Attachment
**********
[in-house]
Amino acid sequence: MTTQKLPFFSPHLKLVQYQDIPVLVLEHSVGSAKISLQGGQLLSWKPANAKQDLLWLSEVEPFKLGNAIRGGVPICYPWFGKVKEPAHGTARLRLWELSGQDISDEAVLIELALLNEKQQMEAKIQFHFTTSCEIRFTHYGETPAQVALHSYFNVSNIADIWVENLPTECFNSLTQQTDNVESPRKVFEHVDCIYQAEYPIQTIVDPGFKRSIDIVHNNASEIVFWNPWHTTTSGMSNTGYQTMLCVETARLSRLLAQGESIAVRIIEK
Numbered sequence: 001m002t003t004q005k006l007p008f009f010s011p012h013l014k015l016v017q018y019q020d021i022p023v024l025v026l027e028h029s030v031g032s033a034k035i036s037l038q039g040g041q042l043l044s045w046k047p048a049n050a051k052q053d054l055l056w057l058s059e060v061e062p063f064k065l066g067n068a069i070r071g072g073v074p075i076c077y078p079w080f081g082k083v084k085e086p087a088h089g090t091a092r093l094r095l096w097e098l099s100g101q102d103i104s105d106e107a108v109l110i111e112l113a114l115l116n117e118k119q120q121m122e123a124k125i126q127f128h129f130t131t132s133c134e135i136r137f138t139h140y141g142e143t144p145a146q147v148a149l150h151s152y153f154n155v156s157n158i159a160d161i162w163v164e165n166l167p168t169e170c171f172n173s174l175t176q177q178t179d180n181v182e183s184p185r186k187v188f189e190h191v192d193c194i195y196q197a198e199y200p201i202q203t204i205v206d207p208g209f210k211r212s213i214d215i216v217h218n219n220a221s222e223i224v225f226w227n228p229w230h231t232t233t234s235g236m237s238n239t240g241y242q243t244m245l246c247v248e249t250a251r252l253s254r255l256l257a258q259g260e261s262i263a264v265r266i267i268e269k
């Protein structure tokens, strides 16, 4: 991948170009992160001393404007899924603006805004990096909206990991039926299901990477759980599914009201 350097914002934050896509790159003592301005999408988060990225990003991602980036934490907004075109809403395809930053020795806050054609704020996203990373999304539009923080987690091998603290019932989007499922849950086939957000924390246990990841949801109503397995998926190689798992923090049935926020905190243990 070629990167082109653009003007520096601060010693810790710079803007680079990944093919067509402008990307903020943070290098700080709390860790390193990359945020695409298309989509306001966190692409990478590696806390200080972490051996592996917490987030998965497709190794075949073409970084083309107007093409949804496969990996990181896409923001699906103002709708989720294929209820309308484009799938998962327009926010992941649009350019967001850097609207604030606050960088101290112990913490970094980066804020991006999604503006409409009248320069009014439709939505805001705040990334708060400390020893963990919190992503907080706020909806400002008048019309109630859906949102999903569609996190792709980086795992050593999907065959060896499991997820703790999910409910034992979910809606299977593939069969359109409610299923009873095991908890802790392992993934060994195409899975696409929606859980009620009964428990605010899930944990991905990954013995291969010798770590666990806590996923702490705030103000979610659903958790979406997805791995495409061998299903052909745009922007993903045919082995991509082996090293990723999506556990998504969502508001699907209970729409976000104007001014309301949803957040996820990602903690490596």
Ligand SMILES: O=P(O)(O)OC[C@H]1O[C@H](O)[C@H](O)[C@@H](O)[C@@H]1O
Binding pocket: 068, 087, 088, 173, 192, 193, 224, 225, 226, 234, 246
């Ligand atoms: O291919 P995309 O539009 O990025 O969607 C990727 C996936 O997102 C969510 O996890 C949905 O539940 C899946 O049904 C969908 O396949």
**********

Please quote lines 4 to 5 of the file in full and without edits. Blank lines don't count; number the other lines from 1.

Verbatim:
């Protein structure tokens, strides 16, 4: 991948170009992160001393404007899924603006805004990096909206990991039926299901990477759980599914009201 350097914002934050896509790159003592301005999408988060990225990003991602980036934490907004075109809403395809930053020795806050054609704020996203990373999304539009923080987690091998603290019932989007499922849950086939957000924390246990990841949801109503397995998926190689798992923090049935926020905190243990 070629990167082109653009003007520096601060010693810790710079803007680079990944093919067509402008990307903020943070290098700080709390860790390193990359945020695409298309989509306001966190692409990478590696806390200080972490051996592996917490987030998965497709190794075949073409970084083309107007093409949804496969990996990181896409923001699906103002709708989720294929209820309308484009799938998962327009926010992941649009350019967001850097609207604030606050960088101290112990913490970094980066804020991006999604503006409409009248320069009014439709939505805001705040990334708060400390020893963990919190992503907080706020909806400002008048019309109630859906949102999903569609996190792709980086795992050593999907065959060896499991997820703790999910409910034992979910809606299977593939069969359109409610299923009873095991908890802790392992993934060994195409899975696409929606859980009620009964428990605010899930944990991905990954013995291969010798770590666990806590996923702490705030103000979610659903958790979406997805791995495409061998299903052909745009922007993903045919082995991509082996090293990723999506556990998504969502508001699907209970729409976000104007001014309301949803957040996820990602903690490596």
Ligand SMILES: O=P(O)(O)OC[C@H]1O[C@H](O)[C@H](O)[C@@H](O)[C@@H]1O